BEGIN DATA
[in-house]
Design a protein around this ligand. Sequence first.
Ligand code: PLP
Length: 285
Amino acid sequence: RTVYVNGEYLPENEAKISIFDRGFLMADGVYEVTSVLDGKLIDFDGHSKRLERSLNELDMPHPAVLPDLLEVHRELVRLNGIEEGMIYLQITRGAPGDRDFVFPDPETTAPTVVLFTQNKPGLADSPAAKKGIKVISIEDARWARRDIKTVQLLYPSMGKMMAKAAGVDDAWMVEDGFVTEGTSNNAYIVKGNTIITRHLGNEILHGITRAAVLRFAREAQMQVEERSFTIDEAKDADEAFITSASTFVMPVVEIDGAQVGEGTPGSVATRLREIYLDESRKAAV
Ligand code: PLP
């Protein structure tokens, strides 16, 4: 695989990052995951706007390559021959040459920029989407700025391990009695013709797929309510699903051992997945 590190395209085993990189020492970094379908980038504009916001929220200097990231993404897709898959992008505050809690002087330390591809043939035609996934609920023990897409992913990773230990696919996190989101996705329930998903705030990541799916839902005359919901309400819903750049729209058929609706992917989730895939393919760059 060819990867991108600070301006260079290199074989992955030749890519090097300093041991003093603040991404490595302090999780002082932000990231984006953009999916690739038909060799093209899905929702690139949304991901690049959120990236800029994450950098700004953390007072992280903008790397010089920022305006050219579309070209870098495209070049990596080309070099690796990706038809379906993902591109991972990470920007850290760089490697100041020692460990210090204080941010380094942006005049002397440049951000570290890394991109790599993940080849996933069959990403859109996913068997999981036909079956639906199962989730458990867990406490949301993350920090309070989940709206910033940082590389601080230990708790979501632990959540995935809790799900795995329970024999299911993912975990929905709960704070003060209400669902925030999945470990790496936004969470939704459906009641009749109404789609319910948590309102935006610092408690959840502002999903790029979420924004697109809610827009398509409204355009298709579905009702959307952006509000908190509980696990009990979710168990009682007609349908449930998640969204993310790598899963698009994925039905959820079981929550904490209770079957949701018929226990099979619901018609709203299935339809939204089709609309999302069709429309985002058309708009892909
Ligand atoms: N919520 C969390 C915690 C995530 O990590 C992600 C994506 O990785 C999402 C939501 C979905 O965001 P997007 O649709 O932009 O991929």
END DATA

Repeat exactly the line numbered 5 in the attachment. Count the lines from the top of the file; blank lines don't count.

Amino acid sequence: RTVYVNGEYLPENEAKISIFDRGFLMADGVYEVTSVLDGKLIDFDGHSKRLERSLNELDMPHPAVLPDLLEVHRELVRLNGIEEGMIYLQITRGAPGDRDFVFPDPETTAPTVVLFTQNKPGLADSPAAKKGIKVISIEDARWARRDIKTVQLLYPSMGKMMAKAAGVDDAWMVEDGFVTEGTSNNAYIVKGNTIITRHLGNEILHGITRAAVLRFAREAQMQVEERSFTIDEAKDADEAFITSASTFVMPVVEIDGAQVGEGTPGSVATRLREIYLDESRKAAV